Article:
CO2 – hole in the sun, Q.E.D.

        Admittedly only 97% of (mainstream) climate scientists are 100% certain about this last part since the exact mechanism of the ocean-flux transformer coupling has not yet been worked out by the Strawmann team. But if our all-but-certain, (settled) consensus is accurate, and all the models prove that it is, tragically, the sun will be PERMANENTLY scarred with this ugly blemish which would probably spread rapidly to other stars, eventually causing the galaxy to collapse and then the universe, leading to the inevitable cuts in vital government programs. Republicans, well, probably all fascist radicals are hoping for this to kill THE CHIILDREN. Is that what you want to see happen?

        It is your selfish use of energy, exemplified by the dangerous artificial cis-normative GMO photons you are using to read these words, that is ultimately going to be responsible for this apocalypse unless you send money. Repent and join the woke green church of CAGW!

      • Rich Davis, I’ll send you money if you can explain how my production of CO2 when I’m cooking can reach a star that is 93 million ++ miles from my house.

        I made a lovely casserole last night of scalloped potatoes and ham au gratin and I refuse to give up any of that, including the crusty bread and the celery stalks that went with it, and the cheesecake afterwards for dessert.

        Thank you. I appreciate your view on this.

        I photographed a sun dog late in the day a couple of weeks ago. I wondered what would happen. They always show up ahead of bad weather, just sunlight reflecting off ice in the upper atmosphere, but still — well, we’re still having snow in the forecast and I want spring.

      • I think you mean it’s all the solar farms sucking the life out of the sun, leaving it resembling a Swiss cheese.
        The wind farms just disturb the solar winds, eventually sending hot solar winds to the poles where they melt all the polar bears and penguins.

  15. I read somewhere (I believe it was WUWT), that the sun is just a hollow ball. Does this fit that description?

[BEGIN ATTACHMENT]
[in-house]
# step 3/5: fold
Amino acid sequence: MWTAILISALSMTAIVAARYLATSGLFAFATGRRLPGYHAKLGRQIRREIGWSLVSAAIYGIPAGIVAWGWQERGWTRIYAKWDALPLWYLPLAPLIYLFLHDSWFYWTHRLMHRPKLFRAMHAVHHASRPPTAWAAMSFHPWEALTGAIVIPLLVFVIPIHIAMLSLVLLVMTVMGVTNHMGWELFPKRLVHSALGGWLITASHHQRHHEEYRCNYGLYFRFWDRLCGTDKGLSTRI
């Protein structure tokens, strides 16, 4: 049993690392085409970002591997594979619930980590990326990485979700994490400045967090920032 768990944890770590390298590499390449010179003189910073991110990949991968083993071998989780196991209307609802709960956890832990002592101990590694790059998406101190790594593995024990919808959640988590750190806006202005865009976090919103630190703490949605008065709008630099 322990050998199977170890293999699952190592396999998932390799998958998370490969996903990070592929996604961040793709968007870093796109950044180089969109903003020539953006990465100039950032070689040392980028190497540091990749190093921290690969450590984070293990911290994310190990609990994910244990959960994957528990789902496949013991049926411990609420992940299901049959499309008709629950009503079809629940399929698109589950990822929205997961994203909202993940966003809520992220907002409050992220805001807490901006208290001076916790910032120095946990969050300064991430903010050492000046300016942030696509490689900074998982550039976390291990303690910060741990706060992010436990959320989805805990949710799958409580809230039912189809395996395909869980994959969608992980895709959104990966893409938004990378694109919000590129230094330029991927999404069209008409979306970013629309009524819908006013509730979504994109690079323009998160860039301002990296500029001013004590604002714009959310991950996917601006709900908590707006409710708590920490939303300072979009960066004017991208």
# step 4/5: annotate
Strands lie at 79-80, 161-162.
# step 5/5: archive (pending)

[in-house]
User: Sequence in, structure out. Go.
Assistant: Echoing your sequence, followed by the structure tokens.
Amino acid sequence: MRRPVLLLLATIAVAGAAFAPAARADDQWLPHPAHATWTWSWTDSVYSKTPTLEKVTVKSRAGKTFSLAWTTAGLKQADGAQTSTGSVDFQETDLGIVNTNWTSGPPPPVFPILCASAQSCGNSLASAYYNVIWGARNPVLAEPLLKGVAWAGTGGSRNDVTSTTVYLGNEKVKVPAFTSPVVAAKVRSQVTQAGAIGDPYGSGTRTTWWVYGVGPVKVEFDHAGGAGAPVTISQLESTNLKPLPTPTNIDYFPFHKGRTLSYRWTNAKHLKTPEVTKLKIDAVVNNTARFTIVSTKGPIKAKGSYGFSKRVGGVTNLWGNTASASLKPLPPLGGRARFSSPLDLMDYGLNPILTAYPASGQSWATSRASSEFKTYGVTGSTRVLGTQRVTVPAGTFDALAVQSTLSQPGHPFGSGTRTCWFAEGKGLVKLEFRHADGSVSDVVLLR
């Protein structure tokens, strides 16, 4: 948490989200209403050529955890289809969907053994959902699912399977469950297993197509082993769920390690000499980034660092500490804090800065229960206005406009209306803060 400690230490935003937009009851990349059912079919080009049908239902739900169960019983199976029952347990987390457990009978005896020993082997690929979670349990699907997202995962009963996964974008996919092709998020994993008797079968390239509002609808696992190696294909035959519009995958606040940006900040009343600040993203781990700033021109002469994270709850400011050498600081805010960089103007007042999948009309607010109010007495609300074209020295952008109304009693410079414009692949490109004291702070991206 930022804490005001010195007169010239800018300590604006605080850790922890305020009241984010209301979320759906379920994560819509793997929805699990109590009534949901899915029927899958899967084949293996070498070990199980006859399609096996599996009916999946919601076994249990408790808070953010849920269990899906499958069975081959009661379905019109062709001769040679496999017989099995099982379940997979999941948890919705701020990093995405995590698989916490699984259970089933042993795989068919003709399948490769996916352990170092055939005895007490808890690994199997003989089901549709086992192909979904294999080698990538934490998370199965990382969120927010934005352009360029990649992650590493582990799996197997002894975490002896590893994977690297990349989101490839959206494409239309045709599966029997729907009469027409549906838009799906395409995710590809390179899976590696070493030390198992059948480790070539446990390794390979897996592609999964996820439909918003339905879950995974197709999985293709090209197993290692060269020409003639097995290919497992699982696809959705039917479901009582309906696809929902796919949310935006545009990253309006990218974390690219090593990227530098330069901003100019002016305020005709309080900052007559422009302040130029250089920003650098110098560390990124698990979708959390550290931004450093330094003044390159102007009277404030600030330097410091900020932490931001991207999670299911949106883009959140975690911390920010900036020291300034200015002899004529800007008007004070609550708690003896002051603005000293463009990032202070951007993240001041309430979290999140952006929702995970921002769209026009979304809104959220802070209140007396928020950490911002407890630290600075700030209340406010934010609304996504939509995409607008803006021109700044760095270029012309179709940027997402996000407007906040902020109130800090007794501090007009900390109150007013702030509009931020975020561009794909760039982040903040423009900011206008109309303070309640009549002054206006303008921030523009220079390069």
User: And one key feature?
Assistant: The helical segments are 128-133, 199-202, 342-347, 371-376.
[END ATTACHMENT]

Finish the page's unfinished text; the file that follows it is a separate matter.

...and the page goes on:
16. Remind me which of the patchwork of theories that make up solar theory, that explains this?
    The thermonuclear model certainly doesn’t, why would it, that is junk science

  17. Any recommendations on books or websites dealing specifically with the problem of electromagnetic solar interference on earth, before or during our use of electrical grids and appliances?

  18. I was expecting something exciting at spaceweathernews.com This is just an ordinary kind of coronal hole. As of the time of this post, speed has not broken 500 kps and density remains pretty much the same. Geomagnetic field is still in the green. Fake news from NASA or a Saturday morning joke at WUWT?

    • This particular coronal hole [or rather its magnetic structure] has been around for several years, recurring every 27 days as the sun rotates it into view. It has negative [into the sun] magnetic polarity, so some 4 days later it will show up at Earth in the interplanetary magnetic field. We monitor [have for more than 150 years] the Earth’s magnetic field for the effect of such streams. Here is a so-called Bartels Diagram of the magnetic polarity of the coronal hole stream in question:

      The diagram shows [with symbols] the polarity for consecutive 27-day rotations. Our coronal hole in the post is marked in red. As you can see, we are still a couple of days away from the boundary. When the boundary [called a sector boundary] sweeps over us, geomagnetic activity picks up and aurorae intensify.

      • Thanks, I hadn’t heard that it has to do with sunspots which have mostly dissipated away.

        So when the sun is very active how much accumulating feedback effect have we observed?

      • Now that I think about it it’s not like thunderstorm cells and their daughter cells on Earth. When the formation area conditions are conducive you can watch the dissipation/generation pattern on weather radar.

  19. lsvalgaard & A. W.,
    Thanks. Always enjoyable.

    Somewhere I have an old textbook with an older quote at the beginning that is something of this sort:
    Many great researchers have studied the Sun for many years and have reached opposite (or varying) conclusions.
    Seems some progress has been made.
    Now, between rains, I have to plant a few Strawberries.,
    John

    • Is there ANYTHING new under the sun ??
      The sun is 4,600,000,000 years old, so the chance that there is anything new just when we are looking at it right now is vanishing small, so short answer is NO.

      • Ironically, when the Sun’s (or any ones) age reaches its maximum value, some new does happen. It dies.
        :-|

  20. “The canyon-shaped hole is remarkably wide, stretching more than 700,000 km from end to end. “…….. So how many Thelma & Louise’s would it take to fill it up?